Growing up in church, Tyler and Kendra learned to follow Christ and discovered a desire to do ministry together. She grew up in Hopedale, Illinois, and met Tyler at a Christian college in Kansas. He studied youth ministry and business while she majored in English and completed a teaching certification in art.
Eight years ago, Yoder interned at a church after finishing his youth ministry degree. He did a lot of reflecting after observing how that church and pastor tried to accomplish the church’s mission. What he sees in Acts motivated him to be open to other shapes of pastoral ministry.
“It felt like the role of the pastor was something that could be done by the rest of the church,” he said. “I don’t necessarily feel called to full-time ministry in that capacity.”
What would church look like if Acts were now?
Kricorian, who joined the core team after meeting the Yoders through mutual friends, is confident Christ is building his church through a new method.
Garden City Church will be a movement of house churches. The first group began to meet during the pandemic. As the house churches multiply, they all will gather for corporate worship one Sunday a month.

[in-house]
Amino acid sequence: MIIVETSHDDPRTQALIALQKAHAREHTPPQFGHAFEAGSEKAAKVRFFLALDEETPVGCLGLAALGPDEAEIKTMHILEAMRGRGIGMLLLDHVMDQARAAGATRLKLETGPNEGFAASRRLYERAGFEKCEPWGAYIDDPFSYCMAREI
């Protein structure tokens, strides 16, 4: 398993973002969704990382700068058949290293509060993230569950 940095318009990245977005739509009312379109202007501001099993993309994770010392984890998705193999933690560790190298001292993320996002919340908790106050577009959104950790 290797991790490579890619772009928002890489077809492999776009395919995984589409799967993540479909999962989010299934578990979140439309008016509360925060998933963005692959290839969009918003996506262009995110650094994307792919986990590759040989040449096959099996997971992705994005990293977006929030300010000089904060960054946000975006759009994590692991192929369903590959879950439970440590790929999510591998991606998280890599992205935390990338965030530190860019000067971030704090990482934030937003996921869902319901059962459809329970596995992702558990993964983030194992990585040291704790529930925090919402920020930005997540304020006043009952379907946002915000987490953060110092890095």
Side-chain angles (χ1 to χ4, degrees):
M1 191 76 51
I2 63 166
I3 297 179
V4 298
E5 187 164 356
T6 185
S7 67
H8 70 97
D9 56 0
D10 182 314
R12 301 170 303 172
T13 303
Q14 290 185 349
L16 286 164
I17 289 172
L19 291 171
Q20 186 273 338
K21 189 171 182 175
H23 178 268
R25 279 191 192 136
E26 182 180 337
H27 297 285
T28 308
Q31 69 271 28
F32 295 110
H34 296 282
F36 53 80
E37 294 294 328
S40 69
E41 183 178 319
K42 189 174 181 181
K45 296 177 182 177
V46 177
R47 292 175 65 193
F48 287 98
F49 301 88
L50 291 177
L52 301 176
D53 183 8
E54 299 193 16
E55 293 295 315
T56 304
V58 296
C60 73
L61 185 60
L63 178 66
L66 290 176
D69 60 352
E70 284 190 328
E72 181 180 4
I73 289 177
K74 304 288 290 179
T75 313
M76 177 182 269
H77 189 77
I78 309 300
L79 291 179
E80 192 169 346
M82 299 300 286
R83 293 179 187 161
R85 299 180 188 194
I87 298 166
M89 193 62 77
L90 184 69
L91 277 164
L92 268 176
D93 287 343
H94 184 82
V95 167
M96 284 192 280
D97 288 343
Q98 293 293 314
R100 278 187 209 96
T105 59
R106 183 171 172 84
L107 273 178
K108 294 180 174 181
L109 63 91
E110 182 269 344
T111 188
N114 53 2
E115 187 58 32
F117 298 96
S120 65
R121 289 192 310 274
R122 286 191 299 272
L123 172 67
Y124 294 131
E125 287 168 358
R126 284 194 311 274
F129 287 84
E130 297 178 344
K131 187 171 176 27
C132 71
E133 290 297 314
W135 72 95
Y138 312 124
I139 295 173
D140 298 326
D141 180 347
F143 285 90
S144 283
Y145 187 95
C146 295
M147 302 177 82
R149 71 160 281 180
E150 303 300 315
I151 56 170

“House church is particularly good at engaging with the community in a very personal way,” Kricorian said. “It’s very good at being incarnational of Christ in the neighborhood.”
He sees small groups in conventional churches as different because they visit a community like Southside, whereas house churches live in a community.
Yoder is thankful as he recognizes what God has done to stabilize him and his wife in Southside.
“God has made this place as close to our hearts as can be. He’s given us community here,” Yoder said. “God has done so much helping us make Richmond home so that we can be here for the long term to follow his call in our lives.”